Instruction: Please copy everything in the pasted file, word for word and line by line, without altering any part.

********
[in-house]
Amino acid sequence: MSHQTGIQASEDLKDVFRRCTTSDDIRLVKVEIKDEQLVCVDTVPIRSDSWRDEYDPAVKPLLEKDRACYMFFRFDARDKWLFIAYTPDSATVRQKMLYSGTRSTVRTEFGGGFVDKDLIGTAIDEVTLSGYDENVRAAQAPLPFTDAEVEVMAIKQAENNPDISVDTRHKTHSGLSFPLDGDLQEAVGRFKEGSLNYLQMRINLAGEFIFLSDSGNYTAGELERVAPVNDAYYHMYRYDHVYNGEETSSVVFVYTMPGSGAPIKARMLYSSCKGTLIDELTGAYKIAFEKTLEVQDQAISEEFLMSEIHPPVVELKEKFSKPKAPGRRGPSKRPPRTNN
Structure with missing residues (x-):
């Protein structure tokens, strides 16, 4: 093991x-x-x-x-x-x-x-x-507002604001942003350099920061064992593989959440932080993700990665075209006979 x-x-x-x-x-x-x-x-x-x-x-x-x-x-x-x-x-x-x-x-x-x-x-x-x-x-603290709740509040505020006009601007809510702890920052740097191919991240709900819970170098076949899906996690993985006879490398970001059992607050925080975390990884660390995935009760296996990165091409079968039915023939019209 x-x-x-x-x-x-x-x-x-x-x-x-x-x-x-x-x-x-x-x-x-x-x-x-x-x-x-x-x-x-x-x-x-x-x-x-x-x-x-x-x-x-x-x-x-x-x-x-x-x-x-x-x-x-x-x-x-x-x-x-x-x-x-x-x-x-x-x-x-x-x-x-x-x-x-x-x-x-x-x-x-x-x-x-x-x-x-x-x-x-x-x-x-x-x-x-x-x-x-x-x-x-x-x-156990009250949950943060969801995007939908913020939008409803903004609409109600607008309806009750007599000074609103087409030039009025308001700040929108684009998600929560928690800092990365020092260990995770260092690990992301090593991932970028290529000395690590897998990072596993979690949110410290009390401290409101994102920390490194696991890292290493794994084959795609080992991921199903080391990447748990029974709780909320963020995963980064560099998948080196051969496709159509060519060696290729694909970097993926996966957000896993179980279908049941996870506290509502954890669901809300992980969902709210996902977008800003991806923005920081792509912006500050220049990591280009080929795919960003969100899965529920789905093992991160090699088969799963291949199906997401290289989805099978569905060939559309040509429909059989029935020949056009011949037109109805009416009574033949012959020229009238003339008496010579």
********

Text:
[in-house]
Amino acid sequence: MSHQTGIQASEDLKDVFRRCTTSDDIRLVKVEIKDEQLVCVDTVPIRSDSWRDEYDPAVKPLLEKDRACYMFFRFDARDKWLFIAYTPDSATVRQKMLYSGTRSTVRTEFGGGFVDKDLIGTAIDEVTLSGYDENVRAAQAPLPFTDAEVEVMAIKQAENNPDISVDTRHKTHSGLSFPLDGDLQEAVGRFKEGSLNYLQMRINLAGEFIFLSDSGNYTAGELERVAPVNDAYYHMYRYDHVYNGEETSSVVFVYTMPGSGAPIKARMLYSSCKGTLIDELTGAYKIAFEKTLEVQDQAISEEFLMSEIHPPVVELKEKFSKPKAPGRRGPSKRPPRTNN
Structure with missing residues (x-):
């Protein structure tokens, strides 16, 4: 093991x-x-x-x-x-x-x-x-507002604001942003350099920061064992593989959440932080993700990665075209006979 x-x-x-x-x-x-x-x-x-x-x-x-x-x-x-x-x-x-x-x-x-x-x-x-x-x-603290709740509040505020006009601007809510702890920052740097191919991240709900819970170098076949899906996690993985006879490398970001059992607050925080975390990884660390995935009760296996990165091409079968039915023939019209 x-x-x-x-x-x-x-x-x-x-x-x-x-x-x-x-x-x-x-x-x-x-x-x-x-x-x-x-x-x-x-x-x-x-x-x-x-x-x-x-x-x-x-x-x-x-x-x-x-x-x-x-x-x-x-x-x-x-x-x-x-x-x-x-x-x-x-x-x-x-x-x-x-x-x-x-x-x-x-x-x-x-x-x-x-x-x-x-x-x-x-x-x-x-x-x-x-x-x-x-x-x-x-x-156990009250949950943060969801995007939908913020939008409803903004609409109600607008309806009750007599000074609103087409030039009025308001700040929108684009998600929560928690800092990365020092260990995770260092690990992301090593991932970028290529000395690590897998990072596993979690949110410290009390401290409101994102920390490194696991890292290493794994084959795609080992991921199903080391990447748990029974709780909320963020995963980064560099998948080196051969496709159509060519060696290729694909970097993926996966957000896993179980279908049941996870506290509502954890669901809300992980969902709210996902977008800003991806923005920081792509912006500050220049990591280009080929795919960003969100899965529920789905093992991160090699088969799963291949199906997401290289989805099978569905060939559309040509429909059989029935020949056009011949037109109805009416009574033949012959020229009238003339008496010579």